Before the coming of Unwanted Witness – US Mission Kampala, countless journalists especially from Upcountry areas of Uganda suffered a lot due to the poor working conditions and limited working tools like computers, internet among others. This wanting condition almost prompted a section of journalists to forego their profession.
But guess what, Since Unwanted Witness moved in to facilitate the suffering journalists through offering them several trainings, free computers, Internet, life has not been the same and here are some of the many beneficiaries availing their breathtaking testimonies;
George William Mugwanya, the Mubende Journalists’ Association coordinator applauded the training saying that its impact is now being felt because members have improved on the quality of the content they produce.
“Just two months after the training, we have improved our content and we have a desk at our secretariat handling content before it is published on the website.” Said Mugwanya adding, “The training also contributed a lot to the field crew on what to consider most in the field on different story projects,”
He further added that “this partnership with Unwanted Witness, has transformed lives of journalists in which we now have limited expenditure on internet costs in internet cafés since we now have a full-time internet service at office, and as upcountry journalists this is a gateway to opportunities and to the outside world.”
Commenting about the contents of the training, Mugwanya said “the training took us through generating business ideas which gave us potential not to rely on the little salaries from media houses where we have unsecure employment, as many of us work without appointment letters and we are implementing it.”
Lastly, Mugwanya asserted that him being the coordinator at MJA-Uganda, he sees a solid association since their website is progressing thus assuring their respective partners that Unwanted Witness training did not go for trial rather a reality.
Also Christmas Rutaagi, a member of the association and participant said, “Internet has solved problems relating our safety and security while on Internet and spending much money on Internet cafés, which at times serves at a very low speed and unsecure.
He notes that the Internet and computer donations helped them to reduce security risks at cafes where they work on stories in an open space while everyone is seeing including those you’re writing about. “our [journalistic] work is so sensitive in nature, that we need privacy which cannot be got in any internet bureau, this alone has many risks in that security operatives keep moving in and out these facilities for spying purposes to know who’s using the Internet and in most cases its us the journalists ever in these cafes filing stories. ”
Harriet Nabbanja, a member of MJA, says that Internet has made work easier for her as a journalist in terms of bridging up communication gaps with journalists in the urban setting through networking because it made the exchange of information possible and quicker.
“Internet is not only just a source of information but I can use it to do my research rather than going to the library, and also use it to promote my business to reach the outside world. It has cut-down the need for travel and expenses in transport looking for information to produce a story.”
On the other hand, Ibrahim Kiggundu, head of IT department at MJA says, “The presence of a computer and full time internet at our office make it easier to have access to internet, and also, we are now having free internet. More so, I am now learning a lot of new things during my free time while using these donations because I am now grasping the best methods of attaching files using emails, using the social media platforms, and I don’t need to go to an internet cafe or use my cell phone. I have leant how to publish stories on our website and learning more new online security mechanisms now that I head the IT departments at the secretariat,”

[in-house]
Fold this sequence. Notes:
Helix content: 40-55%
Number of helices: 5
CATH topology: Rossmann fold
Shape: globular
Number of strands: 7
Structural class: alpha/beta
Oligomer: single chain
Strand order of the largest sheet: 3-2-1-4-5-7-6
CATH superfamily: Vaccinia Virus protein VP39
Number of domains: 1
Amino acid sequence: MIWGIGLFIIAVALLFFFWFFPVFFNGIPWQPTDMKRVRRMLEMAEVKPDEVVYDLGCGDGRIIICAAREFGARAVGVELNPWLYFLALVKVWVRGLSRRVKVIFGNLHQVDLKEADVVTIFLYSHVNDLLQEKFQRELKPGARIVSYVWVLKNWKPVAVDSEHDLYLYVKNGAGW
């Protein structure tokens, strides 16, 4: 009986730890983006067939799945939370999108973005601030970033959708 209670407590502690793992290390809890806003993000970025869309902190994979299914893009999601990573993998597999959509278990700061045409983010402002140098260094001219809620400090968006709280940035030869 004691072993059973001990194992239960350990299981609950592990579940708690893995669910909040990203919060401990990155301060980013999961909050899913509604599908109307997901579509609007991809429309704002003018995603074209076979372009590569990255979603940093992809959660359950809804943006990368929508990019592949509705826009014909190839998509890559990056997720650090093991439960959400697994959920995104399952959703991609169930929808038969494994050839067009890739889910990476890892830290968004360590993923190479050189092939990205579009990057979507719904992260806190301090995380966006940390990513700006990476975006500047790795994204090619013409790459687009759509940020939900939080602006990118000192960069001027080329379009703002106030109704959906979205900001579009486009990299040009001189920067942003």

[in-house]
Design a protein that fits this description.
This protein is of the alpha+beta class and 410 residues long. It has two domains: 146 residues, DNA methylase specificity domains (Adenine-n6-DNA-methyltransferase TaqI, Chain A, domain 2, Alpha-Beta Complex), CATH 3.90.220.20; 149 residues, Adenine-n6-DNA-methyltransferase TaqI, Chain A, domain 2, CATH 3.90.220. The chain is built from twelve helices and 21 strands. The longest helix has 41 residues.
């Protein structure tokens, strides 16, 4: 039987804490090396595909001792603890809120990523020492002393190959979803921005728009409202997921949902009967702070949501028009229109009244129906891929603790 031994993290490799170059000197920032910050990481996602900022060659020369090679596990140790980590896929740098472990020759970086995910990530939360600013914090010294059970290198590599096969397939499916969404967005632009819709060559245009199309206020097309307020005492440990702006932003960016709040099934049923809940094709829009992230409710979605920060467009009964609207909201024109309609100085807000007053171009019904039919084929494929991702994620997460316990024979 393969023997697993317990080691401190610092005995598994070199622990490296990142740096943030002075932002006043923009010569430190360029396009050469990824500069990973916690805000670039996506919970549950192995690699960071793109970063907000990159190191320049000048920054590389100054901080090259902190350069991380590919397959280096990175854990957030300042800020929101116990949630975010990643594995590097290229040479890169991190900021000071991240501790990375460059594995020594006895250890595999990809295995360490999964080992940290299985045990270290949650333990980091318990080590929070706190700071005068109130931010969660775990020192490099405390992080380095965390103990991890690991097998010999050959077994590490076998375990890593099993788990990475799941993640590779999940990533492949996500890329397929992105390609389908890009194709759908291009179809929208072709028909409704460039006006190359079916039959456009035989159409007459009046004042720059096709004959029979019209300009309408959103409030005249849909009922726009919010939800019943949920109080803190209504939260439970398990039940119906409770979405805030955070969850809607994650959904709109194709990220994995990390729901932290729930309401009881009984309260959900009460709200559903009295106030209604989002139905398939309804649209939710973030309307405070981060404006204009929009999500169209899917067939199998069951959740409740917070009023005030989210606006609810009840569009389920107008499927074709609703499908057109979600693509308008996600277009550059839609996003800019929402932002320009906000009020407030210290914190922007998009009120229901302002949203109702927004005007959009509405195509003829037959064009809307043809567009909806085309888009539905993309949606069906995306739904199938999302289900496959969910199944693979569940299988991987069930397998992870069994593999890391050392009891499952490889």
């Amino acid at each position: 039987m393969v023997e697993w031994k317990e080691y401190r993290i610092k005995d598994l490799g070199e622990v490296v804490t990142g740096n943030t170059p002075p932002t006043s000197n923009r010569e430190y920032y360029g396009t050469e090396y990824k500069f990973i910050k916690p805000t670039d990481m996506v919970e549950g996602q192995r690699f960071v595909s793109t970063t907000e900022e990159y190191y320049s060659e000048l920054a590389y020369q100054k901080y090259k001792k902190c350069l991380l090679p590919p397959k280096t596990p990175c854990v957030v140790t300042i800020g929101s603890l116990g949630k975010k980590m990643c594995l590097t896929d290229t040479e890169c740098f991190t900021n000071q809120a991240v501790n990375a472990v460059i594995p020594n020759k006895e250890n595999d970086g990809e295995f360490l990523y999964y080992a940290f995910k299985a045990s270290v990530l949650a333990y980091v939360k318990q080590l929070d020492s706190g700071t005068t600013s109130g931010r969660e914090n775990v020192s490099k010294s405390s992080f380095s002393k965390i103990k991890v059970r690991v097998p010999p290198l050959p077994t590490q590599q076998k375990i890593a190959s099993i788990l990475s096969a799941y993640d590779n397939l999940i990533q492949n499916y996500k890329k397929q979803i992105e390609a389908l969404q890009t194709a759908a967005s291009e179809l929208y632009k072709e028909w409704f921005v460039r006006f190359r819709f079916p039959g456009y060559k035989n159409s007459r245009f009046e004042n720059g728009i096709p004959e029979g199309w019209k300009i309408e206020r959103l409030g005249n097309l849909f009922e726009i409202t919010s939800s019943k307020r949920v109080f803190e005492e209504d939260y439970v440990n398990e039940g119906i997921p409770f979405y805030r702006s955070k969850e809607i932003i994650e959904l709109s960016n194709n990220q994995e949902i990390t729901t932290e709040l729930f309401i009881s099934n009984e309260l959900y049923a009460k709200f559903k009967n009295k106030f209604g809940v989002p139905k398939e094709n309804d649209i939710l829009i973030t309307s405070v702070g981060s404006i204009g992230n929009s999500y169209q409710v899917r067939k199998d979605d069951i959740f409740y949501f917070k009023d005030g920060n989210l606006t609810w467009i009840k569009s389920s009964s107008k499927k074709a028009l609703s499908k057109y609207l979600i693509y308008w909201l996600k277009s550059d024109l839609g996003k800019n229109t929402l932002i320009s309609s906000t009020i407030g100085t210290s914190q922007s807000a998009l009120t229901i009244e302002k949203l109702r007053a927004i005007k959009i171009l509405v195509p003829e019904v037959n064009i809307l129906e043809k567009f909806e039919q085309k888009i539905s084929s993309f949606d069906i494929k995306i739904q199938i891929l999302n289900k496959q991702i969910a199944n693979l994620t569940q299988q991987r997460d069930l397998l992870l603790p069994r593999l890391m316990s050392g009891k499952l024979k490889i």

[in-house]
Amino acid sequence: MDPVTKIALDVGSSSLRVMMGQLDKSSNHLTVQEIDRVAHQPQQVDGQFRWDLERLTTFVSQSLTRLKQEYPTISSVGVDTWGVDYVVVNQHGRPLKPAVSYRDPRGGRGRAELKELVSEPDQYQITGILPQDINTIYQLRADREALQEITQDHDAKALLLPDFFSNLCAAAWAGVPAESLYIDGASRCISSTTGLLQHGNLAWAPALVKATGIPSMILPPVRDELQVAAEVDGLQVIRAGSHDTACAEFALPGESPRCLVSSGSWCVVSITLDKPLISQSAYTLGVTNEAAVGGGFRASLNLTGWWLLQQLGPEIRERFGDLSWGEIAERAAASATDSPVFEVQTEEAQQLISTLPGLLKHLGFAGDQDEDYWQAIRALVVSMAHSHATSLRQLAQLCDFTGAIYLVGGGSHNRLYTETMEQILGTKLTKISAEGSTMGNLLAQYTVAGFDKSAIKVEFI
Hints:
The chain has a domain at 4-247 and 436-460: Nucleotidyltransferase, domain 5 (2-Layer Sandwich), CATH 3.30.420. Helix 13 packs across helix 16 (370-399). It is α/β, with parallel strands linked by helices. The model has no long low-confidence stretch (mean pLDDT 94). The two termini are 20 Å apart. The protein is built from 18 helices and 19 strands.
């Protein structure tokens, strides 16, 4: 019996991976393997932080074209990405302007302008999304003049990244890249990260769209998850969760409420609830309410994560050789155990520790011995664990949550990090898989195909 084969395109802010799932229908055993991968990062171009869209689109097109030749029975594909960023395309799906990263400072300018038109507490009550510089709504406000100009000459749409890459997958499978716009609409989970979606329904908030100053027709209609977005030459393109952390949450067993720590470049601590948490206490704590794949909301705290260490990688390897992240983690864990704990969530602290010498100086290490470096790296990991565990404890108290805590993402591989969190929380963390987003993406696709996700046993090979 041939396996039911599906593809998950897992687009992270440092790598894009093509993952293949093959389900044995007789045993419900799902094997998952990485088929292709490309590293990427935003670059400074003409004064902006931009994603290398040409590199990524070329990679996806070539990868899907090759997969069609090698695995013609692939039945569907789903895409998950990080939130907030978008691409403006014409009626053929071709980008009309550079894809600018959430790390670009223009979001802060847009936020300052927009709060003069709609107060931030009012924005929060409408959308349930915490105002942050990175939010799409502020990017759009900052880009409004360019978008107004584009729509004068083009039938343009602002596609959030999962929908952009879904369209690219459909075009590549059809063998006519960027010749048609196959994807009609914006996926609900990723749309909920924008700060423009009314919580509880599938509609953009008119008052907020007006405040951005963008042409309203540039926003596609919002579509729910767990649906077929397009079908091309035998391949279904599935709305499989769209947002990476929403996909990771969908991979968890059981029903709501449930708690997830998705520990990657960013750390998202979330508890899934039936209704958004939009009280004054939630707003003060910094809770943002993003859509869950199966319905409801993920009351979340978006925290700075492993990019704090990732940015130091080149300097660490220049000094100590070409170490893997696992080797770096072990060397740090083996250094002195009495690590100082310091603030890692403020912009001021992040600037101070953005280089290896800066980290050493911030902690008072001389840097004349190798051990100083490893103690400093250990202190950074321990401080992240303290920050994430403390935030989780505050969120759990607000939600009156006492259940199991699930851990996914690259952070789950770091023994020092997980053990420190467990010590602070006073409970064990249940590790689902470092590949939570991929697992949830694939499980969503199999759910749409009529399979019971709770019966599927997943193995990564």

Meanwhile, Wilfred Atenyi also a beneficiary applauded the training for equipping him with investigative skills.
“I have managed to attain skills in compiling reports before writing up a story even sharing stories with other reporters just in case a story may be dangerous to me at that very moment, in this case I have managed to understand that there is no story worth a journalist life.” He further stated.
Atenyi explained that “Currently, I can take time gathering enough information instead of giving half-backed reports on very important stories because I have now gone an extra mile in Internet usage since we now have it installed at our office premises throughout the day which has helped in affording us to get the information concerning different issues at a zero price.”
Since September 2016, Unwanted Witness-Uganda-a digital rights nongovernment organization with support from US Mission in Kampala rolled out its campaign to train upcountry journalists in e-media, e-business, human rights approach and investigative journalism.
Through its agenda ‘using technology to building an independent and sustaining freelance journalism in rural Uganda’ the organization’s officials partnered with ten media associations across the traditional regions of the country, trained them, donated them websites, full desktop computers kits, and internet routers.
All these, were aimed at improving the lives of up-country reporters through equipping them with the requisite skills to approach stories from human rights angle and making business sense using the digital tools at their disposal unlike the situation before Unwanted Witness’ intervention.
Prior, on average, upcountry reporters could spend at least Sh20,000 (about US $ 6) to put together a single story for him/her to earn maximum Shs14,000 (about US $4) worse still with limited or no working tools.